Delish Recipes reached 150 fans today! Shall we celebrate with some Haute Cuisine?
How about Caviar Canapés and Champagne? :)
Given its high price in the West, caviar is associated with luxury and wealth. In Russia and other Eastern European cultures, though still expensive, caviar is commonly served at holiday feasts and special occasions. In Russia, the concept generally includes both sturgeon roe (black caviar) and salmon roe (red caviar), the former not necessarily superior to the latter.
In East Asia, "caviar" made from caplin roe may be found on sushi and is often very affordable. Salmon roe is called "ikura" in Japanese, a derivative of the Russian, "ikra" (caviar). Sturgeon-derived caviar is not eaten by Kosher observant Orthodox Jews because sturgeon lack the scales mandated by the kosher diet. Sturgeon possess ganoid scales instead of the permitted ctenoid and cycloid scales. In Islam generally all sea or river animals such as fish are lawful and halal which applies to the sturgeon as well as its caviar.
This is the YANKEE POT ROAST AND YORKSHIRE PUDDING - Tender slices of slow-roasted beef topped with beef gravy. Served with creamy Garlic Mashed Potatoes and steamed vegetables.mmm...sounds really yummy since the temperature is falling these days. This is real comfort food!
Here's a video recipe of how to cook a Perfect Beef Pot Roast, enjoy!
Originally uploaded by rosey sugar
Halloween (also spelled Hallowe'en) is an annual holiday observed on October 31. Common Halloween activities include trick-or-treating, wearing costumes and attending costume parties, carving jack-o'-lanterns, ghost tours, bonfires, apple bobbing, visiting haunted attractions, committing pranks, telling ghost stories or other frightening tales, and watching horror films.
On every Tuesdays for the next six weeks, we will feature a Halloween recipe. Hope it will give you some ideas, preparing you to the Halloween party :)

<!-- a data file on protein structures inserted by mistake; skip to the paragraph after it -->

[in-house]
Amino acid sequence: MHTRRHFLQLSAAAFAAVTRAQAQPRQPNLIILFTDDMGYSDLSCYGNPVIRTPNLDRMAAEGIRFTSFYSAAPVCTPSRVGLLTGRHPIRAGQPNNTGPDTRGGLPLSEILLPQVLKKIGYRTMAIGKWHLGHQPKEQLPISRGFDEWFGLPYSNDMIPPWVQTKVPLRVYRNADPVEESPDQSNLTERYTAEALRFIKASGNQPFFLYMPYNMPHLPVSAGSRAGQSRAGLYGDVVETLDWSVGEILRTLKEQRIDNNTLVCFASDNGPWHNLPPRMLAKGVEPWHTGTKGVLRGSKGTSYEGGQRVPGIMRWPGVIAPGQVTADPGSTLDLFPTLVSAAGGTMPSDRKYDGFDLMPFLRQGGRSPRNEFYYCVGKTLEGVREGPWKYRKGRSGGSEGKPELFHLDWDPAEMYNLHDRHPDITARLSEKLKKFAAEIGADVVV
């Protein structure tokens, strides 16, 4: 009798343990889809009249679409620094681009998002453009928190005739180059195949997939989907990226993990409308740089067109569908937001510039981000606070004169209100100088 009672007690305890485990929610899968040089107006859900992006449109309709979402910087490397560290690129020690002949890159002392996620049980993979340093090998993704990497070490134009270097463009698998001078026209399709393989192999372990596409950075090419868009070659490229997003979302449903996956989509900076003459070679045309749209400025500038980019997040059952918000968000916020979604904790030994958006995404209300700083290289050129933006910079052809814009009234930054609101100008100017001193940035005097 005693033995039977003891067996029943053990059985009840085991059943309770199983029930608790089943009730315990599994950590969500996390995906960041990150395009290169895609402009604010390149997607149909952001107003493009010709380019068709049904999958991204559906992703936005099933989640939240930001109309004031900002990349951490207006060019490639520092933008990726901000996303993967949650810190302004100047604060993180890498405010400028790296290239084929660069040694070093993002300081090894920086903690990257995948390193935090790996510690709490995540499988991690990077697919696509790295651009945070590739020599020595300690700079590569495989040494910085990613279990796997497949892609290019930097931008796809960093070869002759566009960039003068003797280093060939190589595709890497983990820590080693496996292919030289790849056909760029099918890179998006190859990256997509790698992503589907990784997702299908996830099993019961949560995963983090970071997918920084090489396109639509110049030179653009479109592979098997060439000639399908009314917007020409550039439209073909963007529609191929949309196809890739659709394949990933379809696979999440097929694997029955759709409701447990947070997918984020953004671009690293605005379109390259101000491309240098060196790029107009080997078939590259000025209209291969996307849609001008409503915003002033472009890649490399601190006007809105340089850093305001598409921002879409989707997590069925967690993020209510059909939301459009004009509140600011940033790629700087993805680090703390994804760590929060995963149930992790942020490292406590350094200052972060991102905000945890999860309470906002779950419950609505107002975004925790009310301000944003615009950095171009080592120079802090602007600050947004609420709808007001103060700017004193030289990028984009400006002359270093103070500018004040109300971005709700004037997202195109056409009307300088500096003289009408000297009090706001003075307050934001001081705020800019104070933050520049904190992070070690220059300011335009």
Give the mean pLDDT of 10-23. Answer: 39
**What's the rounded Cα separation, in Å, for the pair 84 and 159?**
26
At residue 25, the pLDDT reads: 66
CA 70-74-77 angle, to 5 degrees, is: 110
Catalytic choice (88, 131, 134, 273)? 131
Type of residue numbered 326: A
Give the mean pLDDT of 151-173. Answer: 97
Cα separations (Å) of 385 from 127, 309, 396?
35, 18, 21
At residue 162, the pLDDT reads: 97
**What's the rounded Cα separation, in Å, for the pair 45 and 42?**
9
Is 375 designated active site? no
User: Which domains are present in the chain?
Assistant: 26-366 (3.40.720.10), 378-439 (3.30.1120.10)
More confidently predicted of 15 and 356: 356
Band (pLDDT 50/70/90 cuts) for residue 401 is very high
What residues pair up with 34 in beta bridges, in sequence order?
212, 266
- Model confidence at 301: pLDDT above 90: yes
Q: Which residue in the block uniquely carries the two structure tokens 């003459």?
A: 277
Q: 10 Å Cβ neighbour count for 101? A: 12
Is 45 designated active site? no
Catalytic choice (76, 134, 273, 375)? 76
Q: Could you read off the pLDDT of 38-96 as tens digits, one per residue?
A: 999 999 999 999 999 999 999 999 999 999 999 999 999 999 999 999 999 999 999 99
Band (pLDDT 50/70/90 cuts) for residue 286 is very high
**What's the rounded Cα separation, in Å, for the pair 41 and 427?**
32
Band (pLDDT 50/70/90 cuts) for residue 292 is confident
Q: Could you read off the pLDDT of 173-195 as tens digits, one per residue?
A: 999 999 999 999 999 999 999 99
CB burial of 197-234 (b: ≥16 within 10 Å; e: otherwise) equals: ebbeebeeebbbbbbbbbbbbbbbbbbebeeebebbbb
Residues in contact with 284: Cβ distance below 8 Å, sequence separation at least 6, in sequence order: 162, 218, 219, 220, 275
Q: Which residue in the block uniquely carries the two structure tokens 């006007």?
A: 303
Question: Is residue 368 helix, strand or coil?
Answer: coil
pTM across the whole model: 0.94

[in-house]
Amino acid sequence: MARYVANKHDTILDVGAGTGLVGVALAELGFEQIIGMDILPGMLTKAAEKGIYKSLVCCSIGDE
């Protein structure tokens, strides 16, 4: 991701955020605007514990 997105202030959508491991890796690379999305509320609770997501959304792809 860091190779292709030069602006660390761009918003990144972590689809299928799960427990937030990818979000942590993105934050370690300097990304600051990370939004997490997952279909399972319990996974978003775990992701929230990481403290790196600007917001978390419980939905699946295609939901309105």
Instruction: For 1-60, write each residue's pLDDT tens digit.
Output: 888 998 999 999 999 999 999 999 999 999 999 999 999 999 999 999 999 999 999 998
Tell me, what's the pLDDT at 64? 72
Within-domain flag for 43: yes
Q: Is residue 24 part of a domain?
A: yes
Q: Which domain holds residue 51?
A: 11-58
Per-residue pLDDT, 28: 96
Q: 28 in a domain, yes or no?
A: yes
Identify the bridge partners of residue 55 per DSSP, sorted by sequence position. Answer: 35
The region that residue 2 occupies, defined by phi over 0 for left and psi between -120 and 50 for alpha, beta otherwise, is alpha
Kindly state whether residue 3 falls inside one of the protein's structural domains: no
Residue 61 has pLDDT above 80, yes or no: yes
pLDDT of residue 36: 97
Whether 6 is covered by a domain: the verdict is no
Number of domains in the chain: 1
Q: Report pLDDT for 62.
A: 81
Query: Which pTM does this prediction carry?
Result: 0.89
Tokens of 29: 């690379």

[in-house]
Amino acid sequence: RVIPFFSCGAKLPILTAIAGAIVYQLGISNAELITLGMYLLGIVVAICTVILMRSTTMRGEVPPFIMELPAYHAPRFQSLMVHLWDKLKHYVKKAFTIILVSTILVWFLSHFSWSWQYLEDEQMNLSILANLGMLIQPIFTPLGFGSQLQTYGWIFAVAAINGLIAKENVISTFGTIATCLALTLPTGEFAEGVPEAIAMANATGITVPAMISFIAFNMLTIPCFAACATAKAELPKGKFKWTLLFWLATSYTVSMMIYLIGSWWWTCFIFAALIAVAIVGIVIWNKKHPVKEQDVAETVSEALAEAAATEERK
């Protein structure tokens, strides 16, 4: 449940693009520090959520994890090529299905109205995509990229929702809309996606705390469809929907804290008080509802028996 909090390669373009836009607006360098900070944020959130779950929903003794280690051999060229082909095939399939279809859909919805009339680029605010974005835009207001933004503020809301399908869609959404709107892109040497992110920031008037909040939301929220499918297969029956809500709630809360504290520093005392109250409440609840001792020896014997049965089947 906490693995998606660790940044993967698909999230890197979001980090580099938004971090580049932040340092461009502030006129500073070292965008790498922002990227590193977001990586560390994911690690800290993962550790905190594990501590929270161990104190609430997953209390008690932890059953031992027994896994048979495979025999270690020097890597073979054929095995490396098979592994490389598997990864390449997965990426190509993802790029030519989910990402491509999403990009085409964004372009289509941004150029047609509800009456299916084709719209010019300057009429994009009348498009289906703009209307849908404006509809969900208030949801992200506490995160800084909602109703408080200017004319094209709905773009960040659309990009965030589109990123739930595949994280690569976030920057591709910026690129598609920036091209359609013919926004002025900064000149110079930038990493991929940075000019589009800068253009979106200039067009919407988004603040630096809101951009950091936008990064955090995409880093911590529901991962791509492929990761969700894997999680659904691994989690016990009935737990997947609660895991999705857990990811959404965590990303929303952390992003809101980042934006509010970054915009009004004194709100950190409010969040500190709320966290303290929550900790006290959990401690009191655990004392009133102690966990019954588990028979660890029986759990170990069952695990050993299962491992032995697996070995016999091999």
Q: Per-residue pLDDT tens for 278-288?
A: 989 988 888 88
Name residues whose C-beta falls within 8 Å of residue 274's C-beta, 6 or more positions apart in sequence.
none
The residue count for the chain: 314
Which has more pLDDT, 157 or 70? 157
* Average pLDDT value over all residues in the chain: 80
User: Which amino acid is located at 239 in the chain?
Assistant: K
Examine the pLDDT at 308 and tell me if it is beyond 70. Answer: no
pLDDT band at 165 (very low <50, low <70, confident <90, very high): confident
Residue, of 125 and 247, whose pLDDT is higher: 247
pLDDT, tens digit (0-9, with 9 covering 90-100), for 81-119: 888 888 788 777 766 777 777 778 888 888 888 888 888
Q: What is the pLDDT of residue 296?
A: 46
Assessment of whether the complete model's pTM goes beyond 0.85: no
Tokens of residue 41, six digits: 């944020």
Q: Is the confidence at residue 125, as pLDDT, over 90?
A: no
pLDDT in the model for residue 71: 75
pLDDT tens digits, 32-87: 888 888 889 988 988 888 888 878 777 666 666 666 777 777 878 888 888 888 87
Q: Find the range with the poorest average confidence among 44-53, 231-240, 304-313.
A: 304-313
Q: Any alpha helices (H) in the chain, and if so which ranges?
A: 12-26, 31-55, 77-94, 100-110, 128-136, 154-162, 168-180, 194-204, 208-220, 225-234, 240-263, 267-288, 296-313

Here's the first video recipe for decorating the Halloween Mummy Cookie.
Originally uploaded by varf
A beef tenderloin, known as an eye fillet in New Zealand and Australia, filet in France and fillet in England, is cut from the loin of beef.
As with all quadrupeds, the tenderloin refers to the psoas major muscle anterior to the transverse processes of the lumbar vertebrae, near the kidneys. This muscle does very little work, so it is the most tender part of the beef. The tenderloin can either be cut for roasts or for steaks.
Tenderloins from steers and heifers are most common at retail, but those from cows are common in foodservice applications, such as less expensive steakhouses.
A common misconception is that the tenderloin is also called a Chateaubriand steak, when in fact, the Chateaubriand is a recipe for a particular tenderloin steak which originates from France.
Typically, the Chateaubriand is taken from the center-cut of the tenderloin, in a large enough portion to feed two. There are three main "parts" of the tenderloin: the butt, the center-cut, and the tail. The butt end is usually suitable for carpaccio, as the eye can be quite large; cutting a weight-portioned steak from the butt will invariably yield a very thin steak. The center-cut is suitable for portion-controlled steaks as the diameter of the eye remains relatively consistent. The center-cut can yield the traditional 'fillet mignon' or tenderloin steak, as well as the Chateaubriand and Beef Wellington. The tenderloin tapers off into a tail, which is generally unsuitable for steaks due to consistency of size concerns, but can be used in recipes where small pieces of a tender cut is called for, such as Stroganoff.
Originally uploaded by p o n z u
Roasted Vegetable Salad with Mediterranean Flat Bread Video Recipe
Suggested autumn vegetables:-
1 large sweet potato ("garnet yam" or other), peeled and chopped into bite-sized pieces
3-4 medium red or yukon gold potatoes (or 1 russet potato, peeled), chopped into bite-sized pieces
1 acorn or butternut squash, or 2 delicata squash, peeled, seeded, and chopped into bite-sized chunks
1 large yellow onion, chopped fine
2-3 shallots, chopped fine
About 5 garlic cloves, coarsely chopped
Freshly ground black pepper
Some fresh thyme and rosemary, chopped (or a few pinches of dried, crumbled between your fingers)
red pepper flakes (optional), to taste